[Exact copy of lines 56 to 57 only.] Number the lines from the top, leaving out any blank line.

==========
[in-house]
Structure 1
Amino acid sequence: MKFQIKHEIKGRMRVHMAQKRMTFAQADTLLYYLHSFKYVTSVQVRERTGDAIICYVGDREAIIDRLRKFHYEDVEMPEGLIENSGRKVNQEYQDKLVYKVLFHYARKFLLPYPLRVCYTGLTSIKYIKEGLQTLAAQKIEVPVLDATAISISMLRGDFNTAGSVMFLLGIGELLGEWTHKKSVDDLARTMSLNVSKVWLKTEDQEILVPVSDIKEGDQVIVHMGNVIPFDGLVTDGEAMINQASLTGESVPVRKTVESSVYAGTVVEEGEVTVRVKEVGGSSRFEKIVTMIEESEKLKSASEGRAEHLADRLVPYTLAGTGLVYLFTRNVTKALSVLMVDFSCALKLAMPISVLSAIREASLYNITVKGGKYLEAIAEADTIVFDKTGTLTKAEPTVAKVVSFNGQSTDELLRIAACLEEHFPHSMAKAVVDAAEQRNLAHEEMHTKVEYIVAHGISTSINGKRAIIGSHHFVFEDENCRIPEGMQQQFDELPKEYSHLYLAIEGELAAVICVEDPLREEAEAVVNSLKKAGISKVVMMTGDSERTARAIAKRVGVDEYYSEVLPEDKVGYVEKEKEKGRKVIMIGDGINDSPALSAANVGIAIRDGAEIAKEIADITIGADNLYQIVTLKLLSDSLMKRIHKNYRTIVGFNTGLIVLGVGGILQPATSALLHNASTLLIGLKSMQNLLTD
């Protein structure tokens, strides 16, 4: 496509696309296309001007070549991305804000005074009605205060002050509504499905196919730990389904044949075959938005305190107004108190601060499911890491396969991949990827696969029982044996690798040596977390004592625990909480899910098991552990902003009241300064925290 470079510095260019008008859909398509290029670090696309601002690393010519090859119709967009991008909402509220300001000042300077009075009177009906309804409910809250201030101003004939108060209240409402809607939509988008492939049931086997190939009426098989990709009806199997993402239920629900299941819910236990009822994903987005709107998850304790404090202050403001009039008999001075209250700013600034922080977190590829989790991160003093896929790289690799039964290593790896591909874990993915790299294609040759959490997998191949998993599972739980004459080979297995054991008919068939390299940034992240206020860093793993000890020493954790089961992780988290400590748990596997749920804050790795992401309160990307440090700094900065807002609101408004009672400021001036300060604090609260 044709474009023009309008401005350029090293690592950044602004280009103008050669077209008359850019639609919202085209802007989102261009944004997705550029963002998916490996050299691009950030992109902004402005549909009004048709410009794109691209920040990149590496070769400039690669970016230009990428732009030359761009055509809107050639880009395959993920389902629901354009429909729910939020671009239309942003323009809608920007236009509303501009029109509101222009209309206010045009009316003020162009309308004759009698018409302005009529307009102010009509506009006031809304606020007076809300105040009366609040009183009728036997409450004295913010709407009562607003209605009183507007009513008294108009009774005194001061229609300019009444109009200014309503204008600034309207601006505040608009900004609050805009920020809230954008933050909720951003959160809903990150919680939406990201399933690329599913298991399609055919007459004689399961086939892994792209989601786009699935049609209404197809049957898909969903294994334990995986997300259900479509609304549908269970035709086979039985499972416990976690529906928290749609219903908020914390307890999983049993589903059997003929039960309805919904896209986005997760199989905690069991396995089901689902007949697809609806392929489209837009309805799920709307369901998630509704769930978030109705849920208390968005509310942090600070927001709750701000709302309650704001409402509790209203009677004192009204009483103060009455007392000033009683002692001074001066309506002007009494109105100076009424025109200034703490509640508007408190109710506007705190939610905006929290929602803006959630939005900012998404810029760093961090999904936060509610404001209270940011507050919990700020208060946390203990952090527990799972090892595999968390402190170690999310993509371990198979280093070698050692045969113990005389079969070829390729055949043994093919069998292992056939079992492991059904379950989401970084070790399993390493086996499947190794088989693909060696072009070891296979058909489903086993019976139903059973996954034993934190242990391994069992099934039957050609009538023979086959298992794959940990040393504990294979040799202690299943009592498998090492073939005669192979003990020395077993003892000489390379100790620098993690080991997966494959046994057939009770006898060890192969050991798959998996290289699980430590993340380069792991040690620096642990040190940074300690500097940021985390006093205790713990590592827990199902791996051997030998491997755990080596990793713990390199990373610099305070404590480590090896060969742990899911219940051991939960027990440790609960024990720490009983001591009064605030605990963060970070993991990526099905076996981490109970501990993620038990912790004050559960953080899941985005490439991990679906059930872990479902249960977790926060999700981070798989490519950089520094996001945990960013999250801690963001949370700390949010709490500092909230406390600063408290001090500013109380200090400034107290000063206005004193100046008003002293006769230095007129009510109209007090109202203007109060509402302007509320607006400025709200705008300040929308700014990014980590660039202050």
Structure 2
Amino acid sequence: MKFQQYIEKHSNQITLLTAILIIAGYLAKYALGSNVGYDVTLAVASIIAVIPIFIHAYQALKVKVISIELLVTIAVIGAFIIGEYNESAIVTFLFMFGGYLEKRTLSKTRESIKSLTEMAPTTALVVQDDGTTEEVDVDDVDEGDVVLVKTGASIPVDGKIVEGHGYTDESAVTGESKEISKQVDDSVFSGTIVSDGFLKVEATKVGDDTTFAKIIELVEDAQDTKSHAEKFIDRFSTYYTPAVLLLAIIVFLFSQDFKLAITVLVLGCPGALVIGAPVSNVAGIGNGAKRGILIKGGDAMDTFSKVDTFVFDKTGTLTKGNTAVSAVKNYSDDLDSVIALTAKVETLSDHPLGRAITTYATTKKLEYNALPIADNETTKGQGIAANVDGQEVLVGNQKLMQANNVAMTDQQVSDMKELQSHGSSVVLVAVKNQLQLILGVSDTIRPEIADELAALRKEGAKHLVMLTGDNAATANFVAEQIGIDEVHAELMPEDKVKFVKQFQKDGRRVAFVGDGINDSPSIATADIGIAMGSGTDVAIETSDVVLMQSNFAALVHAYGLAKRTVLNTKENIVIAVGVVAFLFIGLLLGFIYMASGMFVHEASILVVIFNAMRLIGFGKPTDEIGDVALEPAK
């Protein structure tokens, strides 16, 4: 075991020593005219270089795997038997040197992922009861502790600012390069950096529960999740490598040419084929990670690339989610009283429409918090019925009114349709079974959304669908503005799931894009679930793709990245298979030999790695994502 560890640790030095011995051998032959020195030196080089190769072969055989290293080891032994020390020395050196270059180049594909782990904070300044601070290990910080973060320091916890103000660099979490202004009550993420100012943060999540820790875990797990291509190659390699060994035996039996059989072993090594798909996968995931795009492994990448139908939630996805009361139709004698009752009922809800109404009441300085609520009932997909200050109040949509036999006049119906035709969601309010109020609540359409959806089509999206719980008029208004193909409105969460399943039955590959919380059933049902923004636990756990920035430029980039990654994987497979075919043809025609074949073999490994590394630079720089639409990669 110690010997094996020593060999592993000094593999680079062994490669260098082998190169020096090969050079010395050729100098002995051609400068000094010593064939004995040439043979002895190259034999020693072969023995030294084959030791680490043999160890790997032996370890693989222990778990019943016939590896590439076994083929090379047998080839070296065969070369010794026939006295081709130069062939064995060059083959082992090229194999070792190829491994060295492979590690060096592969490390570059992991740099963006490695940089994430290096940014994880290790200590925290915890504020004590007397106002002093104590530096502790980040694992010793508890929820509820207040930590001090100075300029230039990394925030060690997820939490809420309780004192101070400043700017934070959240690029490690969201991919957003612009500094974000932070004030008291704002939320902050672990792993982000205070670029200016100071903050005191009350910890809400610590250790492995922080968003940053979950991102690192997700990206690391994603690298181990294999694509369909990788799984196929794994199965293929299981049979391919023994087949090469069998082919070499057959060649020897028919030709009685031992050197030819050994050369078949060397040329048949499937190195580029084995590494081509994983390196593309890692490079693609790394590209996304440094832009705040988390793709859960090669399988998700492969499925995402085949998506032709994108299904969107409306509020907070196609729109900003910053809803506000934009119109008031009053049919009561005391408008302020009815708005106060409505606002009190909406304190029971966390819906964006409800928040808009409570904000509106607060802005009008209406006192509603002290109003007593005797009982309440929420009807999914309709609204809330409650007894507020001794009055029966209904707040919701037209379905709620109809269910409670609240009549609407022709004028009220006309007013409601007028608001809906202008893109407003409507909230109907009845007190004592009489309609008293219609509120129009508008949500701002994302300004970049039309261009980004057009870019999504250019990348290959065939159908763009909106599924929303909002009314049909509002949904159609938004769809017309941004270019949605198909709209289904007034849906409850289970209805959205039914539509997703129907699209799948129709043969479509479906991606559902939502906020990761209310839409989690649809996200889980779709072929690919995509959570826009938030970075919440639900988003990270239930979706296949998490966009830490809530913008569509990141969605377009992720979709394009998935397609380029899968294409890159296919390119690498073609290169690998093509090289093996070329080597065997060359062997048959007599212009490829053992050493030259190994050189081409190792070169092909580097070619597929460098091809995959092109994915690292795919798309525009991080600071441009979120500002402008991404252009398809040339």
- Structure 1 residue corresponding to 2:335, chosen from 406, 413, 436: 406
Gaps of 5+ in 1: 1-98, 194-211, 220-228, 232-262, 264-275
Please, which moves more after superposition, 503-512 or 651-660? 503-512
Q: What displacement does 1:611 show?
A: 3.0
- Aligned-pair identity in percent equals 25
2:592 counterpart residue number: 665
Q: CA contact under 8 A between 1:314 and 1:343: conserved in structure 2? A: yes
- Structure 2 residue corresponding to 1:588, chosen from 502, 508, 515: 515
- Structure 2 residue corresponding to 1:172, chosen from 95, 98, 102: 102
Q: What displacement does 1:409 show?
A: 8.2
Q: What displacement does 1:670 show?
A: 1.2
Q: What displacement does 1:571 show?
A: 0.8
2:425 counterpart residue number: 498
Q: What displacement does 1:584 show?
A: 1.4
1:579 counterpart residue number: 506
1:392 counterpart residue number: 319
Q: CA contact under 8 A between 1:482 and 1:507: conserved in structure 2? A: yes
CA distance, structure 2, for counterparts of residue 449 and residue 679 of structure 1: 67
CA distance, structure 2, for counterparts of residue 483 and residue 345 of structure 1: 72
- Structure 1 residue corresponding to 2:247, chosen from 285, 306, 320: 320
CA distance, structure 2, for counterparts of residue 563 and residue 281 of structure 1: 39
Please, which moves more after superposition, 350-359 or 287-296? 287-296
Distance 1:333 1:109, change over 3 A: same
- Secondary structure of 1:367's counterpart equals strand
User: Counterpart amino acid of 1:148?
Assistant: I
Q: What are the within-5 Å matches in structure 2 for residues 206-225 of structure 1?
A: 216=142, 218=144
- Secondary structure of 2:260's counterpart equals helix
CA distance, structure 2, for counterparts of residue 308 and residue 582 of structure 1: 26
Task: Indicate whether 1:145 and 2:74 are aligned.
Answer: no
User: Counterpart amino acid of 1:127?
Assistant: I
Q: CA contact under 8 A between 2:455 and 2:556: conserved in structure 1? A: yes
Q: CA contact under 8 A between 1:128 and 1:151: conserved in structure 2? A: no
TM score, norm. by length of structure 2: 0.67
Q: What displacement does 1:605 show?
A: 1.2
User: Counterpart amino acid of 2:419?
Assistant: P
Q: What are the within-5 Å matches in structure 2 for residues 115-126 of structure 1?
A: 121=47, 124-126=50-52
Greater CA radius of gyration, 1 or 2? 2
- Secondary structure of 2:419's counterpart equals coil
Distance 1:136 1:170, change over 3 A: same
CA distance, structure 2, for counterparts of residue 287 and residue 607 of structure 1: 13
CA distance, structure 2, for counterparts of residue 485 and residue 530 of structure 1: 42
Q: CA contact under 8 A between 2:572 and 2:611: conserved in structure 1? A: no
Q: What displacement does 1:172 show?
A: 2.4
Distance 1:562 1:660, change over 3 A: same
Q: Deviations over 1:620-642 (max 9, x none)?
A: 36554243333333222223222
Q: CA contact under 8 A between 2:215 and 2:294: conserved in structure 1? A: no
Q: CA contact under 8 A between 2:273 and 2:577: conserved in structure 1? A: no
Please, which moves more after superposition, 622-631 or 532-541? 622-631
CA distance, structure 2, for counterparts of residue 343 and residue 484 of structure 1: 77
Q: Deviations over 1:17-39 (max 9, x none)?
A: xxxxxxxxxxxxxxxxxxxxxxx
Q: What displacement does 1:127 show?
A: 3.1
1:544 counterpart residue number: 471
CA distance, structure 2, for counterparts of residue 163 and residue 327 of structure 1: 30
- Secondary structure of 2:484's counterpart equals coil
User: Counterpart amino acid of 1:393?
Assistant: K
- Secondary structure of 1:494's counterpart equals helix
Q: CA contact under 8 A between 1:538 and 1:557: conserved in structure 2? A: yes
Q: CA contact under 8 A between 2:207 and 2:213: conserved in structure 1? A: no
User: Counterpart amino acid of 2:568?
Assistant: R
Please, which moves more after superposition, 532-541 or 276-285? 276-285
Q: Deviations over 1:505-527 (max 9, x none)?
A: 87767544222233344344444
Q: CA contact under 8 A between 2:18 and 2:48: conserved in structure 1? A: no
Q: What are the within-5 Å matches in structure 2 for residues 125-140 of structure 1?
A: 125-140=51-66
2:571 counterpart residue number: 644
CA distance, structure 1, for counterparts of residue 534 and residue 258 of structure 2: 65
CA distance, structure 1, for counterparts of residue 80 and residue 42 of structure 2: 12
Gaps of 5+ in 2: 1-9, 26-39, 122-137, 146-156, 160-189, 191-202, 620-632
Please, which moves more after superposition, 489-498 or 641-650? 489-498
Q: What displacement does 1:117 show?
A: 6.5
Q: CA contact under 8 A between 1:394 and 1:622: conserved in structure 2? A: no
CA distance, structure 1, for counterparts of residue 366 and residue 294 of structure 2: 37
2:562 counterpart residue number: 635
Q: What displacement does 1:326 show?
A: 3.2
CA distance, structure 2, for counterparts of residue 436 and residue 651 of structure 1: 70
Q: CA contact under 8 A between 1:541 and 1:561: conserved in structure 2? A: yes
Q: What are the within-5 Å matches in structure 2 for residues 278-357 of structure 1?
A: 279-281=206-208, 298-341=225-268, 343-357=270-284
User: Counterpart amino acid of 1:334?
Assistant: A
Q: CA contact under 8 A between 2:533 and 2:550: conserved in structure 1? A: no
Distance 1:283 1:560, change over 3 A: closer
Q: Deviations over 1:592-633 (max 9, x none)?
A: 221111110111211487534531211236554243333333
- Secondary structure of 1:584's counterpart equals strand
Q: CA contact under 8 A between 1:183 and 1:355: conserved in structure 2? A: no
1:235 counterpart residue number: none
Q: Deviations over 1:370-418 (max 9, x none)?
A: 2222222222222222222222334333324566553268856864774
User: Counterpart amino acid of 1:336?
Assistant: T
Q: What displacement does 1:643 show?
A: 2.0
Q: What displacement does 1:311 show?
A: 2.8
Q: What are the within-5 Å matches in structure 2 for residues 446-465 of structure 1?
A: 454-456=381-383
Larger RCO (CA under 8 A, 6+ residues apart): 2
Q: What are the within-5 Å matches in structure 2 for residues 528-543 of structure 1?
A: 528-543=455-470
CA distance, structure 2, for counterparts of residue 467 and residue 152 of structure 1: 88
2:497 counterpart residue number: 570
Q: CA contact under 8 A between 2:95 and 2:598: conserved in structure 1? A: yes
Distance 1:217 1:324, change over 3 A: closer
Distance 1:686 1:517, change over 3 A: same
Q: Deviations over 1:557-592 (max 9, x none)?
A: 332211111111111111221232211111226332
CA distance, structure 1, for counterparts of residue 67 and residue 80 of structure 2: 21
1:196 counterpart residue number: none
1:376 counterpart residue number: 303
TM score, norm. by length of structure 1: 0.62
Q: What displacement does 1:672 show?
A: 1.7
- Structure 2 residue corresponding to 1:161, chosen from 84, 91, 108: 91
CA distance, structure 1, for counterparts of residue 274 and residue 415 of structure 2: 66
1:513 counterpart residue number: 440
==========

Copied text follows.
Greater CA radius of gyration, 1 or 2? 2
- Secondary structure of 2:419's counterpart equals coil